There are a couple of historic works in 2+2=5 giving the contemporary works some context. German artist Johannes Wüsten, (1896-1943,) was a member of the Anti-Fascist Combat League in 1930 and joined the Communist Party in 1932. As Nazism grew and so his art was increasingly perceived as 'degenerate,' and 15 of his works were confiscated from museums around the country.

For artists around the world experiencing exclusion, ostracism, hounding or other kinds of discrimination, as most of the artists in this exhibition have, his is a useful case to study. He was diverse in his practice, including ceramics and writing, print making and painting. He was ultimately accused of 'preparation for high treason' by the Nazi Party and his trial began in 1942. He did not survive the 15 year sentence he received, dying of tuberculosis in 1943, aged 37. He was a prolific and, despite the odds, seems to have been successful in his life time. Only a few of his works survive now though so, again, NFS have done well to secure 2 of them.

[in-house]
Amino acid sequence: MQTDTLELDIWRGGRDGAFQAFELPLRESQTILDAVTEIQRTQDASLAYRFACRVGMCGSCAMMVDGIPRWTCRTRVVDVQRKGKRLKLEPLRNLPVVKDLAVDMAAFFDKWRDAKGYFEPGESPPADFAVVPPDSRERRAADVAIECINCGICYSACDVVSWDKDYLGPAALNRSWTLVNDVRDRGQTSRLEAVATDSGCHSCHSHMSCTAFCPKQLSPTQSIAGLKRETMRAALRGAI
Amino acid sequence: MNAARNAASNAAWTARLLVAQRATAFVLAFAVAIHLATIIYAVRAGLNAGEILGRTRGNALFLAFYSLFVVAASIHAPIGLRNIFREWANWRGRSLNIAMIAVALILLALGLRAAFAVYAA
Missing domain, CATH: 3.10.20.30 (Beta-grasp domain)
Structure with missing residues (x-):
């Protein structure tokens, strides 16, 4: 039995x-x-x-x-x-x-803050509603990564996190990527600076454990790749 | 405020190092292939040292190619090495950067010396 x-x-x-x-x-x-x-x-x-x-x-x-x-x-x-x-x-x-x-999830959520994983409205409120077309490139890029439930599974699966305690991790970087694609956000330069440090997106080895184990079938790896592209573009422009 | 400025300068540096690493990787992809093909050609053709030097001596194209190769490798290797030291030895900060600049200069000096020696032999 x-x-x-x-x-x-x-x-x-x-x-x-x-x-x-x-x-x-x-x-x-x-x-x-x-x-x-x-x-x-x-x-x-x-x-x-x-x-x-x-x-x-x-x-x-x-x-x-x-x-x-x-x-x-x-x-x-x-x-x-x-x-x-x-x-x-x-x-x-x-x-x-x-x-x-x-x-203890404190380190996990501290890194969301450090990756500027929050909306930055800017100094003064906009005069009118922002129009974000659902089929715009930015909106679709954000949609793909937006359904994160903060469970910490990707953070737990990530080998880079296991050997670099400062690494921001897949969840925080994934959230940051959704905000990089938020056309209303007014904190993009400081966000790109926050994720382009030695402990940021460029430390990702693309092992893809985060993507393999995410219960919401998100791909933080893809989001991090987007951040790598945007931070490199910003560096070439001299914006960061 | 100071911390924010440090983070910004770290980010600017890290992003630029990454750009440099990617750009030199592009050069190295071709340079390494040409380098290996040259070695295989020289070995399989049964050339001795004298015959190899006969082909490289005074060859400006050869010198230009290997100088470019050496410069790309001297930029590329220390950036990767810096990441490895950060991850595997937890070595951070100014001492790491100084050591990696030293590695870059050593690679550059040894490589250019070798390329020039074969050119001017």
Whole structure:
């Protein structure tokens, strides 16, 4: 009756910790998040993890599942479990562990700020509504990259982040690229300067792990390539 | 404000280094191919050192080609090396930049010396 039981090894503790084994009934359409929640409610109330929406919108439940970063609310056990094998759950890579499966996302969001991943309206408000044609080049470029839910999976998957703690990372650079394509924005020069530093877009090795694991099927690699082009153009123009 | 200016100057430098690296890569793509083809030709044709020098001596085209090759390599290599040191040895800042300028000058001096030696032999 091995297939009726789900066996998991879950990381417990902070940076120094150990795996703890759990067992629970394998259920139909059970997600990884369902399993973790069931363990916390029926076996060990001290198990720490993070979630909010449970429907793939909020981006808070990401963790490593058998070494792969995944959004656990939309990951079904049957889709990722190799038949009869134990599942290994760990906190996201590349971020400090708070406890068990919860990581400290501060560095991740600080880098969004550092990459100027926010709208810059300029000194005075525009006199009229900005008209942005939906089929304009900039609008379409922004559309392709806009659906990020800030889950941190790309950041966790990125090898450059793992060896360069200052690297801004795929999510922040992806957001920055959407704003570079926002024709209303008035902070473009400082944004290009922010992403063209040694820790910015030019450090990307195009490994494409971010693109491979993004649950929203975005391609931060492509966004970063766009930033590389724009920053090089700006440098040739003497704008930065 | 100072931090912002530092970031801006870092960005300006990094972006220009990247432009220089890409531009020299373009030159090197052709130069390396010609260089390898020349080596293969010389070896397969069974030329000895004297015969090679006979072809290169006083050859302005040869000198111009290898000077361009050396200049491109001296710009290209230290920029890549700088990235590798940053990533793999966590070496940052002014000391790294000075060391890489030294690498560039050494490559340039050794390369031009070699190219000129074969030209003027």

Russian dissident artist, Sergei Besov, is another Letterpress worker and collaborates with Stephen Kenny to produce posters for the exhibition. Writer and performer Rebecca Lloyd experienced life under the Greek military junta which has influenced her work, and Ewa Justka, of Heretic Machines, is an electronic musician, a noise artist, who promises to 'deprogram' you with her performances.

The exhibition continues until August 1st 2024 at Not For Sale Gallery, 83 Smeed Road, E3 2NR.